English education at serene heights | Sunday Observer

English education at serene heights

At an elevation of over a thousand metres at the Batatota cave temple in the outskirts of Eratna, a group of student Samanera Bhikkus learn English at a newly set up English medium Pirivena.
At an elevation of over a thousand metres at the Batatota cave temple in the outskirts of Eratna, a group of student Samanera Bhikkus learn English at a newly set up English medium Pirivena.

It is the first day of an all-new Pirivena (Buddhist higher education institute). Young and impressionable, the youthful monks are laughing, running as they walk past me in groups with Watapothas (hand-fans). The cave temple adorned the reddish-saffron colour as over 50 student Samanera Bhikkus flocked to the sacred place to witness the auspicious occasion of the setting up of the new Buddhist education institution called “Sri Chandarathana English medium Pirivena” at the Batatota Cave Temple.

A tiny little village called Batatota, located seven kilometres from the Kuruwita town on the Eratna-Sri Pada road resembles a mini hill country. Nestled amid a verdant mountainous landscape, Batatota is believed to be one of the first settlements of Sabaragamuwa. The Batatota cave temple is located about 20 kilometres from Sri Pada (Adam’s Peak). On sunny days, the Sri Pada mountain range can be seen through the valley from the Batatota cave and is indeed a mesmerizing sight.

Pottering around the slushy roads, I realise that life seems to follow a pattern of its own in these parts. Children play at school on the foothill, men and women carry gunny bags full of tea leaves and youths listen to music at roadside tea boutiques using earphones. You look up and see colourful Buddhist flags fluttering everywhere.

Batatota seems like any other - with a medical centre, community hall, school, playground, grocery shops. Ubiquitous tea plantations have created a steady flow of income for these people. I climb the narrow, meandering tarred road to the hill of the Batatota cave temple in pouring rain, along the bank of Kuru Ganga, drinking in the beauty of mist-laden hills, deep valleys and gushing waters in streams.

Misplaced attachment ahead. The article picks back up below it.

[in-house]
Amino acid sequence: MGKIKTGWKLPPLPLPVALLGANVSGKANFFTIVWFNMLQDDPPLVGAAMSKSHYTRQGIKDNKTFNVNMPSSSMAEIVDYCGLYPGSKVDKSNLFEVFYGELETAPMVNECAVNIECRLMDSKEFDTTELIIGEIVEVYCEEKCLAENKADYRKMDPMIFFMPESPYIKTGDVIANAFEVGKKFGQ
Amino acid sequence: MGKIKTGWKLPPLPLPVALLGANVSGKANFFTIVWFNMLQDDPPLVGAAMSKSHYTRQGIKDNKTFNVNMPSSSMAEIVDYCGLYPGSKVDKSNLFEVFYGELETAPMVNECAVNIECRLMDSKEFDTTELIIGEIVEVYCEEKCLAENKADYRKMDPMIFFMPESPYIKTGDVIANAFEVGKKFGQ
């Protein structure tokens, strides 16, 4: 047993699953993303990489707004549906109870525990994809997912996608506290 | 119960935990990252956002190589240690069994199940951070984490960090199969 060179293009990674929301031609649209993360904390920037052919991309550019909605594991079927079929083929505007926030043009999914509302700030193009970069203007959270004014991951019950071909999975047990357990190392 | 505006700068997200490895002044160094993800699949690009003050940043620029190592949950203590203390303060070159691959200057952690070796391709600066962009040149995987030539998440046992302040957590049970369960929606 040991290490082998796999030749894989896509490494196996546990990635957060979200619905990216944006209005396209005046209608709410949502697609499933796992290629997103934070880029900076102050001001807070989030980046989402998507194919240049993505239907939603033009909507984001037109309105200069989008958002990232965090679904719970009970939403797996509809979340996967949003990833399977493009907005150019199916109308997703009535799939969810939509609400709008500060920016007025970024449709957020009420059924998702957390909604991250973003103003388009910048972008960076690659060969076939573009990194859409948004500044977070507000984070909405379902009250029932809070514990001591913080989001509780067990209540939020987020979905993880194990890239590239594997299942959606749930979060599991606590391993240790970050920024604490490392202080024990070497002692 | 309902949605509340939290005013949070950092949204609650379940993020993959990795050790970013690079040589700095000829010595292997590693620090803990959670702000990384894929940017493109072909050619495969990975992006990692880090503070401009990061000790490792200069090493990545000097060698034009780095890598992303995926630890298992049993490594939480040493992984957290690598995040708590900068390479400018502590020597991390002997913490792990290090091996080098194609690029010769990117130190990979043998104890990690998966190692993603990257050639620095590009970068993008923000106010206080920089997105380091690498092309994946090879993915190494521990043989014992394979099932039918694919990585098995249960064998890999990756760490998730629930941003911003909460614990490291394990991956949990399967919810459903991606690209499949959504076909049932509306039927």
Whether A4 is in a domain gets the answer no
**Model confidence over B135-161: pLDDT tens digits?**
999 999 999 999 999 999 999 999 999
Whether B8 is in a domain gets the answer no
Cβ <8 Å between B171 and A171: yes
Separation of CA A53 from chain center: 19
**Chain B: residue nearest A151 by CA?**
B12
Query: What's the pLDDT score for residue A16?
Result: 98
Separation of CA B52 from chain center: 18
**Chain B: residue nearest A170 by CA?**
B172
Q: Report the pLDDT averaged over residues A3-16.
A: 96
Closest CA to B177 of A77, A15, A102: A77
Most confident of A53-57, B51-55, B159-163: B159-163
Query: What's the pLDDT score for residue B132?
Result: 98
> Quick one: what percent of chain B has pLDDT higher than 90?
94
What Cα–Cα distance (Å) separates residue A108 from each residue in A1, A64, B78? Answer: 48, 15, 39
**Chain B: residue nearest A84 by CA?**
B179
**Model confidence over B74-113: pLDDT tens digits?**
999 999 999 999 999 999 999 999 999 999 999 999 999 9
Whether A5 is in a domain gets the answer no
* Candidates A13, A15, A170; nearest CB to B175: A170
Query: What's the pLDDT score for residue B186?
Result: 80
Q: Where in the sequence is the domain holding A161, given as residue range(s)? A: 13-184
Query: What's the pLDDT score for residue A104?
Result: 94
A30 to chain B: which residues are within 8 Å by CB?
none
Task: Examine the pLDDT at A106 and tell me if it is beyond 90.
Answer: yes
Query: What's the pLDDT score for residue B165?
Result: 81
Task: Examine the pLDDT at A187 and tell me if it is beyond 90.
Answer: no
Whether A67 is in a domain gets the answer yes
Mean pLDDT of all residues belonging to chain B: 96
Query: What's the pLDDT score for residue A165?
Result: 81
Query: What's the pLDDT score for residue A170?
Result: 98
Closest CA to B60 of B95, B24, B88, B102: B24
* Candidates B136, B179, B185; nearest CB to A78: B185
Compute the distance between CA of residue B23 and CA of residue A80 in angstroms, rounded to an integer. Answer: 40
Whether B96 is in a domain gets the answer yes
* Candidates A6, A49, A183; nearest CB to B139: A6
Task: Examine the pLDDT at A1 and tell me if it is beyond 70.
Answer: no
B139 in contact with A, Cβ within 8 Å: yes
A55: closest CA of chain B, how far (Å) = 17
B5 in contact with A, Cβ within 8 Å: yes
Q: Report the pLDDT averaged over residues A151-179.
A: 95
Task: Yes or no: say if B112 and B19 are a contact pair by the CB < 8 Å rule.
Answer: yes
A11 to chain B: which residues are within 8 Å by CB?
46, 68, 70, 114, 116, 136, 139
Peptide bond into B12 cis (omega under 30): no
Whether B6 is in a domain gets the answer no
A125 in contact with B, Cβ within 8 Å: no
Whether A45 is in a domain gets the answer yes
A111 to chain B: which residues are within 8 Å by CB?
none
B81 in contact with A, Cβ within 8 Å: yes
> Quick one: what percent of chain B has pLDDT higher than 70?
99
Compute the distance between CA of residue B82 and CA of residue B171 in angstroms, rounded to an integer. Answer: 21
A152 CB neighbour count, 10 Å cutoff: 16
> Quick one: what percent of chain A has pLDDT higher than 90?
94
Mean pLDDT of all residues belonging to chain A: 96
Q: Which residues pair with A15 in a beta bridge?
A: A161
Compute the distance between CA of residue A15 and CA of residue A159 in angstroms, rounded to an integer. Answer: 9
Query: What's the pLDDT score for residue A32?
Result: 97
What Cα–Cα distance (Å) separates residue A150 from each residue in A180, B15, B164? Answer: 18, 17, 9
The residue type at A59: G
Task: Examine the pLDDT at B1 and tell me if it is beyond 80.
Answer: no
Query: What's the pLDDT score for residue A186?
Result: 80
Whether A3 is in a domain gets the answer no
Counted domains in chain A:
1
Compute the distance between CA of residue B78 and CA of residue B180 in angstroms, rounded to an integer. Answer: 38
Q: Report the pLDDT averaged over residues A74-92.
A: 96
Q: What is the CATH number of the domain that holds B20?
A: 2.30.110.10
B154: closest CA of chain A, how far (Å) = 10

Propagating Buddhism 

I visited Batatota on the invitation of Ven. Rassagala Chandakiththi Thera, Chief incumbent of Sri Bodhinikethanaramaya temple and also the principal of Sri Somananda English Medium Pirivena at Bopaththa in Eheliyagoda which was set up to spread English education among the student Samanera Bhikkus. This scholarly, courageous young Buddhist monk has started yet another English Language medium Pirivena at the Batatota cave temple to educate the student Samanera Bhikkus.

“Our main mission is to propagate Buddhism all over the world through these student Samanera Bhikkus once they become proficient in English as a communication tool,” says Ven. Chandhakiththi Thera, the brainchild of the newly set up English medium Pirivena at Batatota. He was supported by his Guru, Ven. Meneripitiye Chandarathana Maha Thera, chief incumbent of the Batatota cave temple. He performs a yeoman service to upgrade the Batatota cave temple as a centre of English Language teaching and learning. The first batch of eight student Samanera Bhikkus ceremonially attended the first class under the guidance of Ven. Chandakiththi Thera, initiated at the auspicious time of 8.30 a.m. on October 1 at the Batatota Cave Temple, with the participation of a distinguished gathering, including, A.A.P.A. Kulathungha, OIC, Kuruwita Police Station and Nevil Kumarage, Secretary, Plan Implementation, Sabaragamuwa Provincial Council.